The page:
Tales of risky mobile apps that compromise passwords and personal information have abounded in the news during the past few years. Such risky apps pose a security risk for enterprise mobility and Bring Your Own Device (BYOD) in particular. I recently asked some questions about risky mobile apps and the potential risks they pose to the enterprise via email by Maureen Polte, VP product management, Flexera Software. The company is a leading developer of software licensing, compliance and installation solutions.
Flexera Software positions itself as an enabler to ensure access to applications on personal devices after the establishment of BYOD policies. Their solution can test application compatibility with any enterprise's mobile device management (MDM) policies.
What's risky behavior in an app and the potentials threats, such apps pose to the enterprise?
Mobile apps can use application programming interfaces (APIs) to access information on mobile devices, which may be sensitive to organizations, such as contact lists, photos, and calendars. Mobile apps can also access any corporate social media accounts that have been configured on the device.
What's more, mobile apps can access built-in hardware features such as GPS, camera, and audio recorder.
There are many mobile apps with innocent capabilities that attract users, such as using the camera flash as a flashlight, but include undocumented features that could serve malicious purposes. Corporate IT doesn't have the same insight into and control over such mobile application behaviors as they've had with traditional corporate managed desktop applications.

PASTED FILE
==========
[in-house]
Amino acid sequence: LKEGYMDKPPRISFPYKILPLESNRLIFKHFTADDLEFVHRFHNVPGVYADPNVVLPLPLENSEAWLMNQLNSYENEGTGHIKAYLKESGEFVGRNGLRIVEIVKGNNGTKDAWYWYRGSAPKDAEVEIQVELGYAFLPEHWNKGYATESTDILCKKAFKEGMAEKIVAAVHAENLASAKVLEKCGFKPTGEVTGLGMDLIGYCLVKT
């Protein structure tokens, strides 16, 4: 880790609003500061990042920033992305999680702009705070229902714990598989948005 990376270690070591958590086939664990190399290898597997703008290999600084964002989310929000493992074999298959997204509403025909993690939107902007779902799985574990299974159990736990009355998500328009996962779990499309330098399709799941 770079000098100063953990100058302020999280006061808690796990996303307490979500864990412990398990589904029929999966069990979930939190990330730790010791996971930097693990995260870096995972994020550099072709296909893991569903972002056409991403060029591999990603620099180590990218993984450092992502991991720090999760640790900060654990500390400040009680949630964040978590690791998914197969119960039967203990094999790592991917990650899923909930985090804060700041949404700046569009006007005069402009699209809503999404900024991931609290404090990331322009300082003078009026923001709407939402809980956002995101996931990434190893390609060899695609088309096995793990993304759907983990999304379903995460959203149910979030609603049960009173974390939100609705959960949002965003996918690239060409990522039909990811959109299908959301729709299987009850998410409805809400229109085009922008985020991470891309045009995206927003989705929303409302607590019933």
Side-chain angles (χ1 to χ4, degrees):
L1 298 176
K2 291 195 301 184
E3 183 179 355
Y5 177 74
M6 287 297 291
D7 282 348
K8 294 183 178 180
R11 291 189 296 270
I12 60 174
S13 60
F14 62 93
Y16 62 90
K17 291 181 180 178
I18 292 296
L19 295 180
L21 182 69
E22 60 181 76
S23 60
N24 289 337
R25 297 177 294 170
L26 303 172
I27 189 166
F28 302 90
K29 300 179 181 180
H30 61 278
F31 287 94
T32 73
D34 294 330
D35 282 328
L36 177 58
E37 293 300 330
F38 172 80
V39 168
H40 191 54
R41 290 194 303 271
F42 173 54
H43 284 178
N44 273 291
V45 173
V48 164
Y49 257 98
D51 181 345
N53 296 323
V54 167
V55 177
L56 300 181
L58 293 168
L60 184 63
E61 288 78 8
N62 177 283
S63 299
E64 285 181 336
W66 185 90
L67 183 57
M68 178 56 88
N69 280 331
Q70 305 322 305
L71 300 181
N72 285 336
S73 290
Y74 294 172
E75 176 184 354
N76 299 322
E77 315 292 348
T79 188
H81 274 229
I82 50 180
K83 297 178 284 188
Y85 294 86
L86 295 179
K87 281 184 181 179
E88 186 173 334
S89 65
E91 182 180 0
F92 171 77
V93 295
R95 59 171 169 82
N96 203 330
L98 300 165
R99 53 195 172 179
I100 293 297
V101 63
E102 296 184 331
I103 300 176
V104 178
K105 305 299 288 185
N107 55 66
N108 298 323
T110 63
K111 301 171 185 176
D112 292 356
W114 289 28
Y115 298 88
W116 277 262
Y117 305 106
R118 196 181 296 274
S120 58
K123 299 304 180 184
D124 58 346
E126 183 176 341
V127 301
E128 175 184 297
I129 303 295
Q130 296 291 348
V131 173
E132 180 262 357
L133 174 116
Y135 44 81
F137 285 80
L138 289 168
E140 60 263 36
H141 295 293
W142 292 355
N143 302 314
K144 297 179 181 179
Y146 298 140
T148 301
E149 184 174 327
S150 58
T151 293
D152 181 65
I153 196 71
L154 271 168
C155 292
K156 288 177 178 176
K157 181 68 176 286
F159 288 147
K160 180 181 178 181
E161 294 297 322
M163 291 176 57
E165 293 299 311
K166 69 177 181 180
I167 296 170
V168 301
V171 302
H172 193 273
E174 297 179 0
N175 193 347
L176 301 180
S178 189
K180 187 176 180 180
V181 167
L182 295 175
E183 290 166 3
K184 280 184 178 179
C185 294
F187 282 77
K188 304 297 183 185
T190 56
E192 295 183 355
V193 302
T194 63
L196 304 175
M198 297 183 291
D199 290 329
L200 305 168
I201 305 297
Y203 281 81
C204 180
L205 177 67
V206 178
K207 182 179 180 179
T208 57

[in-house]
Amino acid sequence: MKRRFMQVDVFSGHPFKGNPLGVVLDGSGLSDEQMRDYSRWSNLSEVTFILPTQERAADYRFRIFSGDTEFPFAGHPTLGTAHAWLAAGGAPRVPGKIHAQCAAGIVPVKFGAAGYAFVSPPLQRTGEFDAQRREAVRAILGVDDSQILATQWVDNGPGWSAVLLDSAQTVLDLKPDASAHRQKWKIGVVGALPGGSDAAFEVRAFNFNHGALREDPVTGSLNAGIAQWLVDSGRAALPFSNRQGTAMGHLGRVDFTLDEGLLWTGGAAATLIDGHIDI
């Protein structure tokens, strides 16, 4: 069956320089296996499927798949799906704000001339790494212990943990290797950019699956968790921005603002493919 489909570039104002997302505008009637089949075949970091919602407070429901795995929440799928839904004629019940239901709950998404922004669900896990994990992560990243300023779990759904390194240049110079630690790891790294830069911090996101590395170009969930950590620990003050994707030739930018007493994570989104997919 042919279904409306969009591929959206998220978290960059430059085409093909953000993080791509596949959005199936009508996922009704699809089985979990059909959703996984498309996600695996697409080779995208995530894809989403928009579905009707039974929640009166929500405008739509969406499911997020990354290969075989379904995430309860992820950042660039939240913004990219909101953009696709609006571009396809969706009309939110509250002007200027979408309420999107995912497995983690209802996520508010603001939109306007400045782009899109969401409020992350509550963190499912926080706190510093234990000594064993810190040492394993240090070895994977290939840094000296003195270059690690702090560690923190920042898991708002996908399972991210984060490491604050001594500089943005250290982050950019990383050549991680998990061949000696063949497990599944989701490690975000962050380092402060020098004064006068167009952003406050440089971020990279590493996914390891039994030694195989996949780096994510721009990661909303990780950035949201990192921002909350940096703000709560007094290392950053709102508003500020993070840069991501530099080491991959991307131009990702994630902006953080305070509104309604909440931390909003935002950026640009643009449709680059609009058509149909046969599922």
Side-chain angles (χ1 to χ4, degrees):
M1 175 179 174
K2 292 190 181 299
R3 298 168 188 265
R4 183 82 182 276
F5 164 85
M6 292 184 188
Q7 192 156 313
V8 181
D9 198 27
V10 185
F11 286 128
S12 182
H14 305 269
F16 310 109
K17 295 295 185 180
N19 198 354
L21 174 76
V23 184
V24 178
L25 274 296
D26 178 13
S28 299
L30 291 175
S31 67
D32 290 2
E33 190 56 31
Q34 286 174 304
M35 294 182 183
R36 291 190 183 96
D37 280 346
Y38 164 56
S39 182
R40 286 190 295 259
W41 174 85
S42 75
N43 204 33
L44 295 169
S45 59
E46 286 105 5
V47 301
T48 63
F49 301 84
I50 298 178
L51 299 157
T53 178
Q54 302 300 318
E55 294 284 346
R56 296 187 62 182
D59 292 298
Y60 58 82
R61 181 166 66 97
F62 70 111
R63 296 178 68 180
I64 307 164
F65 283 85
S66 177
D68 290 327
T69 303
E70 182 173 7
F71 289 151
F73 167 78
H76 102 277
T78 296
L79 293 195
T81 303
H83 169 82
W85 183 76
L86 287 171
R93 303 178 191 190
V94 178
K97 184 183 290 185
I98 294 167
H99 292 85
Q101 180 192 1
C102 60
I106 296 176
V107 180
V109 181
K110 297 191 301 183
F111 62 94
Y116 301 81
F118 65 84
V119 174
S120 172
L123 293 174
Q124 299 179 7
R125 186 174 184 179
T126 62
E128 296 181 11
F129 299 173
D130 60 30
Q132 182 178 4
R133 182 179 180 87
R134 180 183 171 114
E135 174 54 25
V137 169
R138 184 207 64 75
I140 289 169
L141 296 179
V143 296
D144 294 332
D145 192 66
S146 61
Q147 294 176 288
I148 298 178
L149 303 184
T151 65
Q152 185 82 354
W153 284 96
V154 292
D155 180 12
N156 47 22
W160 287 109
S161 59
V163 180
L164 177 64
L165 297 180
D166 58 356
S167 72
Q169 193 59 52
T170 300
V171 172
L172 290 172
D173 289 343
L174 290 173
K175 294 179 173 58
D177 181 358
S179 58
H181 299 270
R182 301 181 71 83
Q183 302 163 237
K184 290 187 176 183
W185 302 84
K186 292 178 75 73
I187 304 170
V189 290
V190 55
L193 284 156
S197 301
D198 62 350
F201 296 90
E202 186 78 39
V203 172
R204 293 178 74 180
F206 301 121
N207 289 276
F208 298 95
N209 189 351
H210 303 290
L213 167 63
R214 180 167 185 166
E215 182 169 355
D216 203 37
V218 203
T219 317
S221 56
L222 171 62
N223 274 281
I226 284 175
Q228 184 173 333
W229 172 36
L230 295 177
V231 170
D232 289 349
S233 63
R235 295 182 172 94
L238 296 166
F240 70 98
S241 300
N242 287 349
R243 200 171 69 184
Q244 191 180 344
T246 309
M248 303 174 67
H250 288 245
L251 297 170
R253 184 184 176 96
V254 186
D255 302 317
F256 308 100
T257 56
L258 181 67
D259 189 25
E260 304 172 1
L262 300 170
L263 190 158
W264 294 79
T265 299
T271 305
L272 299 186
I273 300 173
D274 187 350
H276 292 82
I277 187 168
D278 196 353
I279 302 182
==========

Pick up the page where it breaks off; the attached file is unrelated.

For example, "Flashlight !" from Zentertain Ltd accesses telephony and SMS features, location tracking, address book, and the calendar. The data that is gathered by these apps may then be sent to third parties. Flexera recommends that as enterprises prepare mobile applications for delivery, they begin to analyze them and start building institutional knowledge around how the apps behave.
Here are two examples of the risks that arise when IT lacks these controls:
- An employee of the US Environmental Protection Agency (EPA) Office of Water was playing a popular game on a mobile device that he also uses for official purposes. Without the employee's knowledge, the game automatically tweeted an invitation to join in the game. The 52,000-plus followers of the EPA's official Twitter account received that tweet.
- The Brightest Flashlight Free app from Goldenshores Technologies, LLC, which has been downloaded by millions of Android users, brightly illuminates the mobile device screen to create a handy flashlight. But that's not all it does. It also automatically sends the user's real-time location information to third parties such as retailers.